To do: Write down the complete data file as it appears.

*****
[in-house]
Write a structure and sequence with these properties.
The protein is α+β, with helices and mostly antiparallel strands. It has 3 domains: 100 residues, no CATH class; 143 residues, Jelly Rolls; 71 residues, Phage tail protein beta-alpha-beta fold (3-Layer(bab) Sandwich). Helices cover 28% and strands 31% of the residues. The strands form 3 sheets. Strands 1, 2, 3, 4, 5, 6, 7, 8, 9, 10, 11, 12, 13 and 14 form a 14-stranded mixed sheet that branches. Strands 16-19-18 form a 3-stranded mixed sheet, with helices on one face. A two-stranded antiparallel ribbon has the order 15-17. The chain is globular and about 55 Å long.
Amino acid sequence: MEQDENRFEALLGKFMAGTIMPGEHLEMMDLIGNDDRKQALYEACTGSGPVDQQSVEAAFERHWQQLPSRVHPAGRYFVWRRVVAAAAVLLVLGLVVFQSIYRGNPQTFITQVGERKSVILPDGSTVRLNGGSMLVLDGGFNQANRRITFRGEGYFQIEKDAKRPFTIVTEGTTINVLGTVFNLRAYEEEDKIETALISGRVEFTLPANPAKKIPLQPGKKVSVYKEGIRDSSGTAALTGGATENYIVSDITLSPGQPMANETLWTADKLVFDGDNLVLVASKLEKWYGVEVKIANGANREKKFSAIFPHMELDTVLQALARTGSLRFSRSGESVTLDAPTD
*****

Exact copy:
[in-house]
Write a structure and sequence with these properties.
The protein is α+β, with helices and mostly antiparallel strands. It has 3 domains: 100 residues, no CATH class; 143 residues, Jelly Rolls; 71 residues, Phage tail protein beta-alpha-beta fold (3-Layer(bab) Sandwich). Helices cover 28% and strands 31% of the residues. The strands form 3 sheets. Strands 1, 2, 3, 4, 5, 6, 7, 8, 9, 10, 11, 12, 13 and 14 form a 14-stranded mixed sheet that branches. Strands 16-19-18 form a 3-stranded mixed sheet, with helices on one face. A two-stranded antiparallel ribbon has the order 15-17. The chain is globular and about 55 Å long.
Amino acid sequence: MEQDENRFEALLGKFMAGTIMPGEHLEMMDLIGNDDRKQALYEACTGSGPVDQQSVEAAFERHWQQLPSRVHPAGRYFVWRRVVAAAAVLLVLGLVVFQSIYRGNPQTFITQVGERKSVILPDGSTVRLNGGSMLVLDGGFNQANRRITFRGEGYFQIEKDAKRPFTIVTEGTTINVLGTVFNLRAYEEEDKIETALISGRVEFTLPANPAKKIPLQPGKKVSVYKEGIRDSSGTAALTGGATENYIVSDITLSPGQPMANETLWTADKLVFDGDNLVLVASKLEKWYGVEVKIANGANREKKFSAIFPHMELDTVLQALARTGSLRFSRSGESVTLDAPTD